A mishap in the kitchen, however, is still less embarrassing than one in front of the guests, as Guarracino can testify.

"The most embarrassing event in my career happened eight or 10 years ago at a big hotel in Rome," he says. "It was a wedding party, which in Italy is a big, grand event with very many people. The real climax of the banquet is when the wedding cake comes out - the lights go down, music goes up, and all the waiters stand and look, it's like a ceremony. It was my job to come in with this massive, two-metre-high cake. Somehow I tripped, and in front of 300 people the cake fell down on the floor and broke into pieces, on both the floor and me. The wedding couple came after me like they were going to kill me! I can laugh about it now, but trust me, when it happened I was not laughing. Now whenever I see a cake I walk the other way!"

Such lows, however, are invariably balanced out by major highs, whether they be successes at awards ceremonies, the crossing of professional milestones or simply receiving grateful compliments from satisfied customers. For Juan Amador, 43, the multi-Michelin-starred German-Spanish chef opening his first Abu Dhabi restaurant at the Park Rotana hotel this month, it was the moment when he became his country's most acknowledged chef.

"In 2007, I received the maximum three stars in the Michelin Guide for my restaurant Amador in Langen, and at the same time a star for my other restaurant, Tasca in Wiesbaden. With four stars all together, that made me the most decorated chef in all of Germany, which was absolutely awesome."

Like many chefs, however, Amador resists the idea that such awards represent a career pinnacle. Asked when he first realised that he had "made it" as a chef, he replies curtly:

"I hope it never comes. If you think 'I'm good', you stop getting better."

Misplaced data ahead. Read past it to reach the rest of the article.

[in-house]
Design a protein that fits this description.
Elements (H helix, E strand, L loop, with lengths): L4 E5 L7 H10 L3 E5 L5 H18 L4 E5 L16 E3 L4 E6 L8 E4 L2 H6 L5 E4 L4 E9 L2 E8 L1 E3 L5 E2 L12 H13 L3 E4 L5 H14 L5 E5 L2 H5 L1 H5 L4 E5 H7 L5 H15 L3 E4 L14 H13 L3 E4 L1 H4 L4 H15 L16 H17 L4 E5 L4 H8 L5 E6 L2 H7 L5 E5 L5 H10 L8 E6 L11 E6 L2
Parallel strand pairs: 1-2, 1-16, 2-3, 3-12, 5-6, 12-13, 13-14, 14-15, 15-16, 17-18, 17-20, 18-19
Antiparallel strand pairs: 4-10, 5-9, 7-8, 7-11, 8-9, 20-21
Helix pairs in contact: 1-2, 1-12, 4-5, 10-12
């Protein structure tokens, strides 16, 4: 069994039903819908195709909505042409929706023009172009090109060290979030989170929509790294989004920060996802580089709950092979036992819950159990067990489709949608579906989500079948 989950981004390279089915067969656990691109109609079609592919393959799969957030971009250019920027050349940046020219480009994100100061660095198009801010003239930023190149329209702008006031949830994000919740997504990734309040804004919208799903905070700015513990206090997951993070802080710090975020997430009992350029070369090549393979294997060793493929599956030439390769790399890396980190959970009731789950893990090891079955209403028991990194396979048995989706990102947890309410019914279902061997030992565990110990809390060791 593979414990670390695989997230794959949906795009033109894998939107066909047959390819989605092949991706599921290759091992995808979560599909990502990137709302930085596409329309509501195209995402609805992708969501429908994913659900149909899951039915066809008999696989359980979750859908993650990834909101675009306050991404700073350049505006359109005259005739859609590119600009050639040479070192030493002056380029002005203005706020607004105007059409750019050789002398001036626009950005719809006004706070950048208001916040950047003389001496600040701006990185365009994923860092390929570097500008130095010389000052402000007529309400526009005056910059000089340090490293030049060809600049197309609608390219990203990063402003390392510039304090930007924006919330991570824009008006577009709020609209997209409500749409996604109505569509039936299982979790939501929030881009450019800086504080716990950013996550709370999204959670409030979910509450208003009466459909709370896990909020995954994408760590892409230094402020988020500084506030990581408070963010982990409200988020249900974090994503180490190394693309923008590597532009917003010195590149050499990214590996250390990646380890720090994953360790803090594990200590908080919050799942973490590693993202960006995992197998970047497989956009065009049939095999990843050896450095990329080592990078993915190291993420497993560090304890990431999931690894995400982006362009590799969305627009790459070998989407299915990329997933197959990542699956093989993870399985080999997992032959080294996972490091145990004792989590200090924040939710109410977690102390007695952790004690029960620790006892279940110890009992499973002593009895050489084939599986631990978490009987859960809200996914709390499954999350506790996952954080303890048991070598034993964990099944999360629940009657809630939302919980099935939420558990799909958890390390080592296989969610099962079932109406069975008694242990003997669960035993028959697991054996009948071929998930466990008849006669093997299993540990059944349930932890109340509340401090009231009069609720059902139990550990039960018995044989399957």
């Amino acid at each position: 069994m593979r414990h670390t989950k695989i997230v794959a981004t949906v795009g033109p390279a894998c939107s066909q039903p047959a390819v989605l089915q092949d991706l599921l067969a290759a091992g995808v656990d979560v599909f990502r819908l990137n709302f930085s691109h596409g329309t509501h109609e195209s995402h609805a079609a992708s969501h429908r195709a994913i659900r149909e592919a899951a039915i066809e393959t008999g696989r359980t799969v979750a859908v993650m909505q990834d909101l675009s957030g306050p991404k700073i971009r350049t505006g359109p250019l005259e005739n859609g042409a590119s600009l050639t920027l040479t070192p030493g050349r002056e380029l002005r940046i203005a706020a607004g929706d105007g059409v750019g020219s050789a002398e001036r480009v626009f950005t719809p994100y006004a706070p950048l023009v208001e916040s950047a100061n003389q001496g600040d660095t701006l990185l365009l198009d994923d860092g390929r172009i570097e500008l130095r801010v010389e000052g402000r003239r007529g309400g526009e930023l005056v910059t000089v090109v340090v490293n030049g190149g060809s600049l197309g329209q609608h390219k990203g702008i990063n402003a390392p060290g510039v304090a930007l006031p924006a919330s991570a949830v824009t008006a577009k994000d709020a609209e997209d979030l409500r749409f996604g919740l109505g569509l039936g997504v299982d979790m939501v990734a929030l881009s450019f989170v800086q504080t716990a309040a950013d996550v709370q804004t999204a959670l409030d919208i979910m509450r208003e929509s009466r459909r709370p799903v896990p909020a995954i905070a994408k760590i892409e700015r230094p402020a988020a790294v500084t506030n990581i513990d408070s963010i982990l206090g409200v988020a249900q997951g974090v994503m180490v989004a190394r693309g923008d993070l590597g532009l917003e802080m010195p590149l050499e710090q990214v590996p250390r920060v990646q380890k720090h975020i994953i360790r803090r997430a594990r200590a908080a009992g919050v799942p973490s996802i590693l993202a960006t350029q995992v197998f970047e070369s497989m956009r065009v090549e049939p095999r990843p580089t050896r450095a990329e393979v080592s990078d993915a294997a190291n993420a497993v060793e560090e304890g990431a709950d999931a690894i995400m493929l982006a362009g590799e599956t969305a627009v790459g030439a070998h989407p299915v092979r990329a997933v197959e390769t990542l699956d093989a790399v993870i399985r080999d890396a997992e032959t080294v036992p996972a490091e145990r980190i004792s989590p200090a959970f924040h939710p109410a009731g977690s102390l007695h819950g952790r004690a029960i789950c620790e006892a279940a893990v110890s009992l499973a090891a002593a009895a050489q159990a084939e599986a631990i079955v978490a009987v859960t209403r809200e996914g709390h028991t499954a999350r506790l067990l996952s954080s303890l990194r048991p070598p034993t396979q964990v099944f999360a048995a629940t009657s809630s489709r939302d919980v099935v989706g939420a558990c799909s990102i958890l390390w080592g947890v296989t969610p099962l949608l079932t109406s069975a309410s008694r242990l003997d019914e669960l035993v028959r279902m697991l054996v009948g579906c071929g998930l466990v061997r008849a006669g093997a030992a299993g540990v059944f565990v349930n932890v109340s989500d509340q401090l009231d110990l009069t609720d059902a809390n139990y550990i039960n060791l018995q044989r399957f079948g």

It's customer satisfaction that seems to be the real prize. Okku's Gardiner has had an amazing 12 months, scoring a remarkable three gongs at the 2011 Caterer Middle East Awards (for Best Stand Alone Restaurant, Best Chef and Best Bartender) as well as making plans to export the Okku concept to London. But while he's proud of all this recognition of his team's hard work, he says that one of his greatest moments of validation came from an experience that was outwardly more humdrum.

"My family, who are very conservative and traditional, came to visit me from Japan and ate a meal at Okku," he says. "During the meal they just kept looking at me and tasting the dishes I was bringing out, not saying anything - elder Japanese people are very steeped in tradition and can be very judging and particular. I was very nervous, thinking that somehow I had let the family and the traditions down.

"Then on the way out they just looked at me and smiled. My father-in-law shook my hand and took some pictures of Okku. If you understand our culture you'd realise this was a special and very meaningful gesture that spoke volumes."